QR phishing, or quishing, is a type of phishing attack where an attacker tries to trick a victim into interacting with a QR code image. The QR code usually redirects users to a page where they are prompted to enter login credentials. Unfortunately, these pages are malicious copies, and attempting to log in gives attackers access to credentials, compromising the user’s account.
Learn how QR code attacks work, why they’re increasingly common, what they lead to, and how to stop them.
How a Malicious QR Code Phishing Attack Works
Consider this real QR code attack that Abnormal detected. At first glance, the email appears trustworthy – it’s a friendly reminder from Microsoft that your MFA password is set to expire, so you need to update it:
All you have to do is scan the QR code with your phone. Once you do, you’re redirected to a Microsoft-branded login page where you can enter your credentials to update your password. Easy, right?
Unfortunately, the page is a malicious spoof, and your credentials go straight to an attacker. At this point, your account is compromised.
This playbook is relatively simple to replicate, and it follows the classic phishing attack playbook:
The email appears to come from Microsoft, a trusted source.
The email contains manufactured urgency with the password set to expire that day.
The email funnels the user into sharing their credentials.
3 Reasons QR Code Phishing Attacks Are Growing in Popularity
QR phishing attacks are increasingly common for a few reasons:
Legacy email security solutions struggle to detect it. At first glance, a QR code appears to be a benign image without a malicious URL or suspicious text. We found that 17% of all attacks that get through built-in spam filters (from Google or Microsoft, for example) used QR codes.
People are using QR codes more and more in their daily lives. Restaurant menus, ads, concert tickets, boarding passes, and payment transactions may involve a QR code. This familiarity and frequency means users are less likely to suspect something is off when they see a QR code in an email.
A QR code moves the attack away from a secure email to a user’s phone, which doesn’t have the same lateral protection and posture management as a cloud-based business environment.
Attackers constantly workshop new methods to evade users’ common sense and organizational security measures. QR code attacks are the latest in a long line of malicious innovations.
What Attack Types Are Executed With a Malicious QR Code?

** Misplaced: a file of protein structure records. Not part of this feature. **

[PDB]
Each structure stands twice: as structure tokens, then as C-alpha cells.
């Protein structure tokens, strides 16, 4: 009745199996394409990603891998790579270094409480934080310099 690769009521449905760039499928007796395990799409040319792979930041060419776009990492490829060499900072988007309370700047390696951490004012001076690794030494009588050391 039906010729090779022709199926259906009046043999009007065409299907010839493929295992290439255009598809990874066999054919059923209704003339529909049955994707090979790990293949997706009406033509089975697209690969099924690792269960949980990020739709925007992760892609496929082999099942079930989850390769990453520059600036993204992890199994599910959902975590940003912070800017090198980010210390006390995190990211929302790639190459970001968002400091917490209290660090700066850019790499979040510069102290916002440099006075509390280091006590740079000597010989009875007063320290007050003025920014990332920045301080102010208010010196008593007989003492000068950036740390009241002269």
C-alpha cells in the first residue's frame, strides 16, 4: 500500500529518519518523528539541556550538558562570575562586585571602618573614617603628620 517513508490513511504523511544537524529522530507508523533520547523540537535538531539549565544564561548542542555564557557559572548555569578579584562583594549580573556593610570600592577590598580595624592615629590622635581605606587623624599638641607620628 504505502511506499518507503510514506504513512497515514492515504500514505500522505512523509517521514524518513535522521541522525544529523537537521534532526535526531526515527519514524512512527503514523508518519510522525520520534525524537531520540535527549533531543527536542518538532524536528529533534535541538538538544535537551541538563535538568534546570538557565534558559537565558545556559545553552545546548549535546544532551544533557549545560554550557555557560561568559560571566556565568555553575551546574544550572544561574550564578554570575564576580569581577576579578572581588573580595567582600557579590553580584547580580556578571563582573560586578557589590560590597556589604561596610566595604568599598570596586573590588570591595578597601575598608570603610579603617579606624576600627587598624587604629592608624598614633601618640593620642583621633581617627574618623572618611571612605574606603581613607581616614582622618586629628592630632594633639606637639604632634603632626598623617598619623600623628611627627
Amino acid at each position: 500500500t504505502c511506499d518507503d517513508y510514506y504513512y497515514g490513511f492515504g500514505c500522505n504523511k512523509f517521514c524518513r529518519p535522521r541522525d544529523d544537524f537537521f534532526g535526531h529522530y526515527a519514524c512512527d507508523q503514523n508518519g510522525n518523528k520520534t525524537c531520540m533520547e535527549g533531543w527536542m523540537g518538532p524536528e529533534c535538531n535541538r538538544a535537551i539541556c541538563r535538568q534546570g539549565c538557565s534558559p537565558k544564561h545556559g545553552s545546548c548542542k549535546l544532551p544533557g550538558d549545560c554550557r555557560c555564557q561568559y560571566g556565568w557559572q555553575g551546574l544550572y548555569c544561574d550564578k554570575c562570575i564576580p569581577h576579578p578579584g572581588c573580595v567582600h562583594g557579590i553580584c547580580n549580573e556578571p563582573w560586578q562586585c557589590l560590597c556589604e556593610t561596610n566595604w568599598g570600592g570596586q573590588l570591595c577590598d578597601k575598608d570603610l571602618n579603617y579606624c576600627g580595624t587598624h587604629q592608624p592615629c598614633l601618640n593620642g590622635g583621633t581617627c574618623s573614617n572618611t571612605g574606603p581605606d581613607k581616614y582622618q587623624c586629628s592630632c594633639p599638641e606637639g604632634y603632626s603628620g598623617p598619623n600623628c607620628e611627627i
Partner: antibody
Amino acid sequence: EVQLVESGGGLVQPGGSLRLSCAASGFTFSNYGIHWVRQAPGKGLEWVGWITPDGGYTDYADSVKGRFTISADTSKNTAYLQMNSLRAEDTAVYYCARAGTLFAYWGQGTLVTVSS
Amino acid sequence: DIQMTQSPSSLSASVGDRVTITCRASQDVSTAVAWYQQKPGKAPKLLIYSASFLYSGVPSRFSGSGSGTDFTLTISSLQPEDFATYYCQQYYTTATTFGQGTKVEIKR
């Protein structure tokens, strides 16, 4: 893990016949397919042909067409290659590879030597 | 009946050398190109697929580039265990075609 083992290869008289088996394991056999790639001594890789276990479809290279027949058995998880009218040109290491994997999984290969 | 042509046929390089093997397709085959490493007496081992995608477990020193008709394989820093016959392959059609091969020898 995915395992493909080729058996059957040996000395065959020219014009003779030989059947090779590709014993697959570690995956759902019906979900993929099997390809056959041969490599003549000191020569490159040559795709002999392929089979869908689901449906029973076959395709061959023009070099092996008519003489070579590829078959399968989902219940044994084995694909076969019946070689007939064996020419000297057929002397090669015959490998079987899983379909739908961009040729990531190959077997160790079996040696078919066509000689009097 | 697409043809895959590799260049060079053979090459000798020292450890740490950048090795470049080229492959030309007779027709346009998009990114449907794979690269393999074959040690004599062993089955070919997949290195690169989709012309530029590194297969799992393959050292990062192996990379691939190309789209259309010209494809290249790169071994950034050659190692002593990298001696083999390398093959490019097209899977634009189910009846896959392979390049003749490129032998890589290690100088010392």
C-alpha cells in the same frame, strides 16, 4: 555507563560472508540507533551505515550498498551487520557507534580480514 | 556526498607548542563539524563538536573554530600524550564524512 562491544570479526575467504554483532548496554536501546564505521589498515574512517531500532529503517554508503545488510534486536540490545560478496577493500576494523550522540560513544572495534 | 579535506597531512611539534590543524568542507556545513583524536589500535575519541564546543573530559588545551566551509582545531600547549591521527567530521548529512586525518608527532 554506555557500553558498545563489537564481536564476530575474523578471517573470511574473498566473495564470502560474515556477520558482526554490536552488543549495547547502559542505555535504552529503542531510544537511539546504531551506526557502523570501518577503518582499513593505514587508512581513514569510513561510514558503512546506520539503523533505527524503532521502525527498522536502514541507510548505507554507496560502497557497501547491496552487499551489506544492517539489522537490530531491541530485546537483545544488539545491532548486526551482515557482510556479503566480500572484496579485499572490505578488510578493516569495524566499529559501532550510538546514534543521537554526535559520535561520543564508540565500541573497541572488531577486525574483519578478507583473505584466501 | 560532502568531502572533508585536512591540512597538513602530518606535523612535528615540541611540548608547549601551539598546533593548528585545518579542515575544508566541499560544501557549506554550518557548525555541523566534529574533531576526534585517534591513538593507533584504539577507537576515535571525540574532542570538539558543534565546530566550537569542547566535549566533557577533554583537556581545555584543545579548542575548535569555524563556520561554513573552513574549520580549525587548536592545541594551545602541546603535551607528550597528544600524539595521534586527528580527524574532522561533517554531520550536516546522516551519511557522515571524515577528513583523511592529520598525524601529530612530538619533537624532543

The QR code attacks that Abnormal uncovers are primarily phishing attempts. These emails use urgency and impersonation to trick a user into interacting with a QR code that redirects to a website that looks like a legitimate login page.
But there are various malicious uses for QR codes besides a classic phishing attack, including:
Any of these approaches, when successful, can compromise login credentials, financial information, sensitive data, and more.
How We Detect QR Code Phishing Attacks
Abnormal detects QR code attacks with a two-pronged behavioral AI approach:
We use natural language processing and understanding to identify unusual or unknown email senders, urgent language, and impersonated email addresses – all hallmarks of QR phishing attacks.
Our AI-native detection engine decodes the QR code to extract and display the URL, using URL detection capabilities to identify if it’s malicious.
Detects unusual behavioral signals commonly associated with QR code attacks by understanding normal business relationships and communication patterns.
How to Prevent QR Code Attacks
On an individual level, the simplest way to avoid a quishing attack is by ignoring any QR code from an unknown source. But that’s easier said than done, particularly at a large enterprise.
Here’s what organizations can do to reduce the odds of a QR phishing attack:
Use an email security solution that can parse a QR code in the body of an email to detect malicious URLs.
Don’t rely on QR codes for MFA or other legitimate uses, as employees will begin to trust emails with QR codes.
Conduct training and simulations that educate and test employees on unknown QR codes.